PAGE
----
Jerusalem Prayer Unites Christians, Jews

A global day of prayer for Jerusalem on Sunday united Christians and Jews to pray for peace in the holy city where followers of both faiths trace their religious roots.

Pastors, rabbis, and Israeli lawmakers in Jerusalem joined millions of people around the world for the fifth annual Day of Prayer for the Peace of Jerusalem (DDPJ).

The event brought together more than 150 countries and over 150,000 churches worldwide in prayer for Israel, according to The Jerusalem Post.

"The fact is, whatever our theological or political positions regarding Israel, we can all agree there is a biblical mandate and a current crisis that should cause us to pray," said the Rev. Robert Stearns of the ministry Eagles' Wings, in a statement.

Stearns organized DPPJ together with megachurch pastor Dr. Jack Hayford of The Church on the Way.

The two long-time pro-Israel leaders were joined by Rabbis Shlomo Riskin and Benny Elon of the Knesset Christian Allies Caucus despite the chief rabbinate's recent ruling that Jews were to not participate in any Christian events.

"Our best friends in the United States are Christians, offering love, friendship, and partnership," said Riskin, according to The Jerusalem Post, "We would be foolish not to take advantage of it, especially during these troubled times."

Both rabbis thanked Christians for helping Israel survive in the past and for protecting it against current threats of destruction by Iran and radical Islam.

The former Israeli ambassador to the United States, Danny Ayalon, also spoke about the importance of Israel-Christian relationship on the day of the event that intertwined faith and politics.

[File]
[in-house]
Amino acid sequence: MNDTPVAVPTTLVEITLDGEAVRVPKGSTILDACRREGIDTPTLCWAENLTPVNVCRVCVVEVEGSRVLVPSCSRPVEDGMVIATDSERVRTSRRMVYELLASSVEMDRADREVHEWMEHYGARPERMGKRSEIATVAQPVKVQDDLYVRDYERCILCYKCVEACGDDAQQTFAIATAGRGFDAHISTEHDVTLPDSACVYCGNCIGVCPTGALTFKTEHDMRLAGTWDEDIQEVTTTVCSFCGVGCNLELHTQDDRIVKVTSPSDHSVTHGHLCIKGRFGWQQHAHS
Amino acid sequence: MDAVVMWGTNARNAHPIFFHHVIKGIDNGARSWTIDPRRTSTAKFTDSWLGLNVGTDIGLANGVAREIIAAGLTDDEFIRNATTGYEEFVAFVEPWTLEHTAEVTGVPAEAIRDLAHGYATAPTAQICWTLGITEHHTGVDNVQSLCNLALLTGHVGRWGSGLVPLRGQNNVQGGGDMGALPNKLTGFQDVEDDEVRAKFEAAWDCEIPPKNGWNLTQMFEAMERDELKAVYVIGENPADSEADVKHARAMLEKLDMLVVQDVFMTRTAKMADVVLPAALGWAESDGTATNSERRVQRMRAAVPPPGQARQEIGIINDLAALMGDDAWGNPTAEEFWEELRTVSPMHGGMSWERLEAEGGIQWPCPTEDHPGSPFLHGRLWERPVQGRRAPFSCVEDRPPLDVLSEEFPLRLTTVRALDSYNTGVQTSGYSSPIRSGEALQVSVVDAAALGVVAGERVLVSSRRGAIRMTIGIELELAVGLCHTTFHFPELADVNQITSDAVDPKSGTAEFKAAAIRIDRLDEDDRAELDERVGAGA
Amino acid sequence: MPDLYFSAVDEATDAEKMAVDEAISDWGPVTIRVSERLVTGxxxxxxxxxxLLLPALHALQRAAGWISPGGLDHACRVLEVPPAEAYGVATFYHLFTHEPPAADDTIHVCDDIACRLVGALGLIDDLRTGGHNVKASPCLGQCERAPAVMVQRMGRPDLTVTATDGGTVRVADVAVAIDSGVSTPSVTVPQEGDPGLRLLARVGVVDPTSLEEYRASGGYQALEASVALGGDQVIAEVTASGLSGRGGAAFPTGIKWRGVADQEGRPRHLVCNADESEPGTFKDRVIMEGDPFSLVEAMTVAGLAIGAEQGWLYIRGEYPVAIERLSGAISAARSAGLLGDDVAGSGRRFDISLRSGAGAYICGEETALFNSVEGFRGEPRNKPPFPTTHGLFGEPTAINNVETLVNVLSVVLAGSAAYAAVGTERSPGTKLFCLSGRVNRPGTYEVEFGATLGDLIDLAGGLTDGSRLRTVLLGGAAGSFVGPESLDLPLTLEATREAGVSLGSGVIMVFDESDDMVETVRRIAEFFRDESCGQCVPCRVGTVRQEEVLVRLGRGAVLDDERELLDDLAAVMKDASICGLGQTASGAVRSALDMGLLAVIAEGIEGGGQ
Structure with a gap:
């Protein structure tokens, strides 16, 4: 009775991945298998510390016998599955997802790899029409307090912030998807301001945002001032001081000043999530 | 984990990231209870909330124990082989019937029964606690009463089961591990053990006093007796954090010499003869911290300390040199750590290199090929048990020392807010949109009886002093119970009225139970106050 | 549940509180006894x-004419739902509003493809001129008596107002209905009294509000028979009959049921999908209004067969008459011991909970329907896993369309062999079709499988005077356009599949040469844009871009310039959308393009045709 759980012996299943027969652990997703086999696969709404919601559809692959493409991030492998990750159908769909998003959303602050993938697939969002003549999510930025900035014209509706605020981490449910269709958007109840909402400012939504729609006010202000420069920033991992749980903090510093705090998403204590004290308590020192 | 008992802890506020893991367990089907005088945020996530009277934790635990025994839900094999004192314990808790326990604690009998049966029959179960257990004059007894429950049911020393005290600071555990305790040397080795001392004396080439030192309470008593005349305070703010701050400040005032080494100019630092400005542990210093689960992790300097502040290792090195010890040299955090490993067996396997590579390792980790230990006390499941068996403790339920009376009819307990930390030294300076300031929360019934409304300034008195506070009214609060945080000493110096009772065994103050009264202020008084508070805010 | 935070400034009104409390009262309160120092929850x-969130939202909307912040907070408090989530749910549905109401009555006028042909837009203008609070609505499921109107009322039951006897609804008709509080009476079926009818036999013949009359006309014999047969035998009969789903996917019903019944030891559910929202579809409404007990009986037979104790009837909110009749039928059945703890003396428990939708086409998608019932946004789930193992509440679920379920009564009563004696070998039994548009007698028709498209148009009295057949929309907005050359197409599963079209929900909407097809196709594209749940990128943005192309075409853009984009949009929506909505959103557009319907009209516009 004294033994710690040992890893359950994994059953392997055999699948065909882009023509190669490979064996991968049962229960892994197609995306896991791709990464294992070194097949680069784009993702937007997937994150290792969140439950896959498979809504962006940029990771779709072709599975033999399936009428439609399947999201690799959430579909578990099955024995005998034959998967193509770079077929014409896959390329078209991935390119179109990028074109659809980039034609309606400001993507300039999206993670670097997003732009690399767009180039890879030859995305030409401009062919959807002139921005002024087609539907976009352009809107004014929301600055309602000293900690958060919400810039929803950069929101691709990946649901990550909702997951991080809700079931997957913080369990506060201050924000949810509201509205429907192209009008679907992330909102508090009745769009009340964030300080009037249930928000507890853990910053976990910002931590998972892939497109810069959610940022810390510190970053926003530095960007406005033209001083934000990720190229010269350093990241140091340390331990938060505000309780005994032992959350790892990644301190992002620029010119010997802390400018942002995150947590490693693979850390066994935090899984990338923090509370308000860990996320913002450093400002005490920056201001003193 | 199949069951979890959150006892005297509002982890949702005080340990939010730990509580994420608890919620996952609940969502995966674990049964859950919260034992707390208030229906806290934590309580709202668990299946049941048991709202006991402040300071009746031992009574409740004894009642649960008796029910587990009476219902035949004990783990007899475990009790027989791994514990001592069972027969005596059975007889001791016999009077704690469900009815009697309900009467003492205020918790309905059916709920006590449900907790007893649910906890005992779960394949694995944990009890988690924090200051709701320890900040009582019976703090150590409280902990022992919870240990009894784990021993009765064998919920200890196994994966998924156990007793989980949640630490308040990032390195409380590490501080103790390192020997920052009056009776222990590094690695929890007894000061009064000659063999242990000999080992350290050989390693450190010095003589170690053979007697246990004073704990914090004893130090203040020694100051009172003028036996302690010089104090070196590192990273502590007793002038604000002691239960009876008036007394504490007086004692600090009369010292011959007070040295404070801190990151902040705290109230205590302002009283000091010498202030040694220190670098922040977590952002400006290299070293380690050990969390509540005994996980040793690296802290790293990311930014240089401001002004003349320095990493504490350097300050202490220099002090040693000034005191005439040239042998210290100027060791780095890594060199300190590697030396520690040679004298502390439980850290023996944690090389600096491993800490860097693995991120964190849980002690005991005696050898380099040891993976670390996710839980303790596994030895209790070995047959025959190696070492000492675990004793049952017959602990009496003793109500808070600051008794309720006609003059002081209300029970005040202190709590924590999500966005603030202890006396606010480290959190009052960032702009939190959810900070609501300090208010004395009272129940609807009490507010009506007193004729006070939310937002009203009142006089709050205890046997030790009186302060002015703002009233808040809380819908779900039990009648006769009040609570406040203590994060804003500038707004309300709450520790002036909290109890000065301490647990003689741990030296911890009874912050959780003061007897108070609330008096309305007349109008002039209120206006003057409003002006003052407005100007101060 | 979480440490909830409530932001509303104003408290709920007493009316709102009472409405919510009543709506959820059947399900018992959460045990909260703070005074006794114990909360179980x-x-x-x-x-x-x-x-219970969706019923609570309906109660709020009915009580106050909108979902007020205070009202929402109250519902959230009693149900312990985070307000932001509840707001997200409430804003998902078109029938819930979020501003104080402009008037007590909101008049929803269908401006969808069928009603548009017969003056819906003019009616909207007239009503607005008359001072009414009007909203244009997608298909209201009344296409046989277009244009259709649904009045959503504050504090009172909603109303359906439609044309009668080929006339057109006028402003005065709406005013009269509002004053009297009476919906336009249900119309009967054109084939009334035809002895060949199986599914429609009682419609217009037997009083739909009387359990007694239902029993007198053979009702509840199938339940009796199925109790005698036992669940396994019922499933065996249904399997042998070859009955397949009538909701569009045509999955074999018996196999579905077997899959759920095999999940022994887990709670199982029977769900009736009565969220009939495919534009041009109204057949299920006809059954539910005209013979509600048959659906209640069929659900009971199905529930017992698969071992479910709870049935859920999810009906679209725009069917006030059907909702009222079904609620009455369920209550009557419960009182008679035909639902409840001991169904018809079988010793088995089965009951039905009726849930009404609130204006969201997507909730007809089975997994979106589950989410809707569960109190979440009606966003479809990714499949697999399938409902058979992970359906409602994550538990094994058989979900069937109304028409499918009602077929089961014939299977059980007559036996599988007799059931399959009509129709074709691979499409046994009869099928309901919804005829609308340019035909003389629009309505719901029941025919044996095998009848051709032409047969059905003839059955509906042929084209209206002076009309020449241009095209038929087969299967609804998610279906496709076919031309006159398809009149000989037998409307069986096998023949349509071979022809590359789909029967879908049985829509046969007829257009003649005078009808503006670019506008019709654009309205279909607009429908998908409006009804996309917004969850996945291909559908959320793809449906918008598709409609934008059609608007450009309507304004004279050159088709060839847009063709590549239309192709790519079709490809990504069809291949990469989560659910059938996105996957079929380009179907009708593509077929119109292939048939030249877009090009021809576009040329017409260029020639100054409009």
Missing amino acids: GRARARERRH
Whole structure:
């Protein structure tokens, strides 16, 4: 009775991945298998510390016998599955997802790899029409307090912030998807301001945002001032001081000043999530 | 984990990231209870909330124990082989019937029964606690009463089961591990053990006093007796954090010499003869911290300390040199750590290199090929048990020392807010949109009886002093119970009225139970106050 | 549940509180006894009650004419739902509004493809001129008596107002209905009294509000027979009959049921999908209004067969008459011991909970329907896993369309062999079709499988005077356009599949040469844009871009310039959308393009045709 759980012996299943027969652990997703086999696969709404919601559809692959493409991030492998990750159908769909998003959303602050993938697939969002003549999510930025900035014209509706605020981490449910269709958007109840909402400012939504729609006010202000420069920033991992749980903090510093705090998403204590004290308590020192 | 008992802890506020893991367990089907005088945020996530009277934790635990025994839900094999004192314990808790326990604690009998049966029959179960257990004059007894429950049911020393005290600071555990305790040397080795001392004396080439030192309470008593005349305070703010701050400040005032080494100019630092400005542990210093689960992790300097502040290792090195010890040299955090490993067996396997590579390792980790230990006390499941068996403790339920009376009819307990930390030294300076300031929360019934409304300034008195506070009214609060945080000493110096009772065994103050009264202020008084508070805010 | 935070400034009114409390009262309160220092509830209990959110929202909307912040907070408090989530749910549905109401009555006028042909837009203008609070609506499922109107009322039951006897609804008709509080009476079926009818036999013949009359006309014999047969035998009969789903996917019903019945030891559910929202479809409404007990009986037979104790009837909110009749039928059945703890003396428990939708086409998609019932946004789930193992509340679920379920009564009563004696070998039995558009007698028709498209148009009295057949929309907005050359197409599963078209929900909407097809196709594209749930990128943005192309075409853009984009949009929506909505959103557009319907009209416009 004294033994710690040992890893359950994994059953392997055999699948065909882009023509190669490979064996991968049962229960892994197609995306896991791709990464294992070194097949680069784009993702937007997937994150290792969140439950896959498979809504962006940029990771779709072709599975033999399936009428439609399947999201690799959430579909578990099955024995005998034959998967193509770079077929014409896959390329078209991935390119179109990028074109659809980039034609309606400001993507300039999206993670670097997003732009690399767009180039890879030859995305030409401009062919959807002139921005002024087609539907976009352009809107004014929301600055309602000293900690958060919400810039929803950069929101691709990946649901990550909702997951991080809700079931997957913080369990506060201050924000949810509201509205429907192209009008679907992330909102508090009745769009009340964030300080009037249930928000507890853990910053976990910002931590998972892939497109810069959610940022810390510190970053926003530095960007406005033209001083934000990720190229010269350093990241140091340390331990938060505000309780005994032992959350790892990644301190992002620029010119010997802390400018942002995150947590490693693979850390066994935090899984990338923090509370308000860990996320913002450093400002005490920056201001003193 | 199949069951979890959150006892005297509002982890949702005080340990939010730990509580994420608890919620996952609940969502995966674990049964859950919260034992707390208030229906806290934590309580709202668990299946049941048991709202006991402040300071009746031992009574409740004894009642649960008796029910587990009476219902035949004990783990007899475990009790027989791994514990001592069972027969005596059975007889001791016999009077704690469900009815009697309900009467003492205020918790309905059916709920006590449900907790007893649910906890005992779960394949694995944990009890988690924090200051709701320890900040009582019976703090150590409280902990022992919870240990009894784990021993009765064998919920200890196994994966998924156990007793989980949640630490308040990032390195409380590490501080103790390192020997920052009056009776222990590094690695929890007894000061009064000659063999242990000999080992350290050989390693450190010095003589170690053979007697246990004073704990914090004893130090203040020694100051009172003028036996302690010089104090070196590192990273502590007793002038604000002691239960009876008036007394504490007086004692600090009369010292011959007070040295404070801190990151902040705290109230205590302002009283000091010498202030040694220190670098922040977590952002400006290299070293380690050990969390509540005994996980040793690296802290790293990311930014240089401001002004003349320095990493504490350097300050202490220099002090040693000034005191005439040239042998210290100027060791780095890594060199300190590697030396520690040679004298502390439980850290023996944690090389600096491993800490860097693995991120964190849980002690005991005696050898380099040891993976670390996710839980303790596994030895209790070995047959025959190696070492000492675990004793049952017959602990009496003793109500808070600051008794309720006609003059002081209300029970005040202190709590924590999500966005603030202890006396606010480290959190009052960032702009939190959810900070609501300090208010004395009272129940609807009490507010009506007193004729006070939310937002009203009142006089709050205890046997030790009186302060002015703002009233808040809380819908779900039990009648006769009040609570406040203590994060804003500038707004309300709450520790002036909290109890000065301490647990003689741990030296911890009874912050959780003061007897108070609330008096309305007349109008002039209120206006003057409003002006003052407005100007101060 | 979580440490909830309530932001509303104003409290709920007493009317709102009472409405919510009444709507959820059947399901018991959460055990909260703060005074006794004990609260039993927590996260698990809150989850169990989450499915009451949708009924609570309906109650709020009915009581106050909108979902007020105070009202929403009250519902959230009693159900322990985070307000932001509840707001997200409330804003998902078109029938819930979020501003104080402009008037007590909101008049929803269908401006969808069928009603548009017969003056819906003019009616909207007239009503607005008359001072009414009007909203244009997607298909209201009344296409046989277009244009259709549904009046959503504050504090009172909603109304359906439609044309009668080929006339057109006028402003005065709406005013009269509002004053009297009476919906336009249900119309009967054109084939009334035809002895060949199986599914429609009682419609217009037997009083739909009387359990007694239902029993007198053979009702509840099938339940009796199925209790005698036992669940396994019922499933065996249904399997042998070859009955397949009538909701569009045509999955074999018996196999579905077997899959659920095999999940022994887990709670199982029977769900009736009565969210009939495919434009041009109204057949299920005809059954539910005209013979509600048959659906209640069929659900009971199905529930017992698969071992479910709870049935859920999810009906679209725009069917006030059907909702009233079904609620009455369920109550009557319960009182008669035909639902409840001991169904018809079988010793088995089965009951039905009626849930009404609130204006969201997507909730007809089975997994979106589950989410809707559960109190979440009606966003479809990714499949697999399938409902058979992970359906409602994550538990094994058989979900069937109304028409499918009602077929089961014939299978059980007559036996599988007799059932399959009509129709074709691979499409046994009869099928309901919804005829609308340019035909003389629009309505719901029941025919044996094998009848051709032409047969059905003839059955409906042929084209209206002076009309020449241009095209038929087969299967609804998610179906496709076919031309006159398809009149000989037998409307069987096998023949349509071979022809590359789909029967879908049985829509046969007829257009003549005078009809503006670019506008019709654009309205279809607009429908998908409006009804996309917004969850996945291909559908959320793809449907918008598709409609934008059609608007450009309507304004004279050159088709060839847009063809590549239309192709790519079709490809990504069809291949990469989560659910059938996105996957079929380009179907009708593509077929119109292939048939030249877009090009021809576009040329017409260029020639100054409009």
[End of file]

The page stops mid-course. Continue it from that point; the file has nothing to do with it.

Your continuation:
Last year, a national Pew Forum poll found that a solid majority of American Christians still believe in the importance of Israel and the Jewish people in modern times.

Nearly 70 percent of white evangelical American Protestants in the South support the belief that the state of Israel was given to the Jewish people by God. Meanwhile, 59 percent subscribe to the belief that Israel is the fulfillment of biblical prophecy.

"The reason that 7 out of 10 evangelicals believe that God gave the land of Israel to the Jewish people is simply because it is stated as such in the Bible, and evangelicals believe the Bible to be God's Word," the Southern Baptist Convention vice president for convention relations, Dr. Kenyn Cureton, had explained to The Christian Post last year.

However, a growing number of Christian leaders have also voiced opposition to blind support of Israel.

In a move to rectify misconception that all American evangelicals are only concerned about Israel, dozens of top Christian leaders sent a letter to President Bush this summer declaring support for a Palestinian state derived out of current Israel-controlled lands.

"There is a part of the evangelical family, which is what I call Christian Zionists, who are just so staunchly pro-Israel that Israel and their side can do no wrong, and it's almost anti-biblical to criticize Israel for anything," pointed out megachurch pastor Joel Hunter to the New York Times in July.

Christian leaders have also increasingly criticized Israel for its ban on proselytism, which has resulted in a string of recent crackdowns on individuals and companies accused of missionary activities.

Sunday's DPPJ event featured churches worldwide praying for Israel during their worship services and individuals joining "virtual prayer rooms" via a 24-hour teleconference.

Evangelical Christians compose one-third of American tourists visiting Israel – second only to American Jews – and have poured billions of dollars into the country over the past 20 years.